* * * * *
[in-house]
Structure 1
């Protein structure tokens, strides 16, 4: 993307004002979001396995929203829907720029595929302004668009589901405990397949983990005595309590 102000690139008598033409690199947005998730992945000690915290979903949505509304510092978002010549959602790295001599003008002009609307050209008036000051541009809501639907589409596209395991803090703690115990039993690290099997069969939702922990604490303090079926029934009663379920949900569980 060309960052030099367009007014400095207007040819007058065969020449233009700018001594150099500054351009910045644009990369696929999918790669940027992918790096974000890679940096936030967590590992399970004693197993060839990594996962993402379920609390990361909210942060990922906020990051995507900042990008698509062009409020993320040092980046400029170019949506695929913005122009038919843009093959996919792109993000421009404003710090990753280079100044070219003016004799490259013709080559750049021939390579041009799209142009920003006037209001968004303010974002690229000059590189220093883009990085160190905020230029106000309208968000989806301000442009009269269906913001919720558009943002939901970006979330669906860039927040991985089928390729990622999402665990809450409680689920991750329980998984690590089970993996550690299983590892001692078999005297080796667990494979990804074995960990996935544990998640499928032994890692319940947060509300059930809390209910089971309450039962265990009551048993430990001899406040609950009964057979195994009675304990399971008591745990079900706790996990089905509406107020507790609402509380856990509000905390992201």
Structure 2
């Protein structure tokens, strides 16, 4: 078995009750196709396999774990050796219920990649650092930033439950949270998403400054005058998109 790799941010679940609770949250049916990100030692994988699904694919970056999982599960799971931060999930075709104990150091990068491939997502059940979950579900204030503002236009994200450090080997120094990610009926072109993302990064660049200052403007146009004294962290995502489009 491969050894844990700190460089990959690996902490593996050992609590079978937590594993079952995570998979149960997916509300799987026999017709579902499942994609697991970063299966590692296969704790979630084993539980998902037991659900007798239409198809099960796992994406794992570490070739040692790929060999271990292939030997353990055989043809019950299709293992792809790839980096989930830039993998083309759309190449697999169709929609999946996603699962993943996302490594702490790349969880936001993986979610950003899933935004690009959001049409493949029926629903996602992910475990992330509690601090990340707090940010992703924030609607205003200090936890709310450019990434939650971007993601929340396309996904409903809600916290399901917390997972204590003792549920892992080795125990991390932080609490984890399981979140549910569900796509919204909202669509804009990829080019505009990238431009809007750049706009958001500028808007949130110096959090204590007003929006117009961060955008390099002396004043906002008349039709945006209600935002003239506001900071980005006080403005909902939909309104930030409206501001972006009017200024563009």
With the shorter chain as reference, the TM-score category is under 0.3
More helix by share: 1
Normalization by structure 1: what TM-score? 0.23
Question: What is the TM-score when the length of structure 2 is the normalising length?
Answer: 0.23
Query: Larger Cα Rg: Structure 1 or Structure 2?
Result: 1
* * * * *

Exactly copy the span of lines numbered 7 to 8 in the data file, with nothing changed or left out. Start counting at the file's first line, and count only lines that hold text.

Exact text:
More helix by share: 1
Normalization by structure 1: what TM-score? 0.23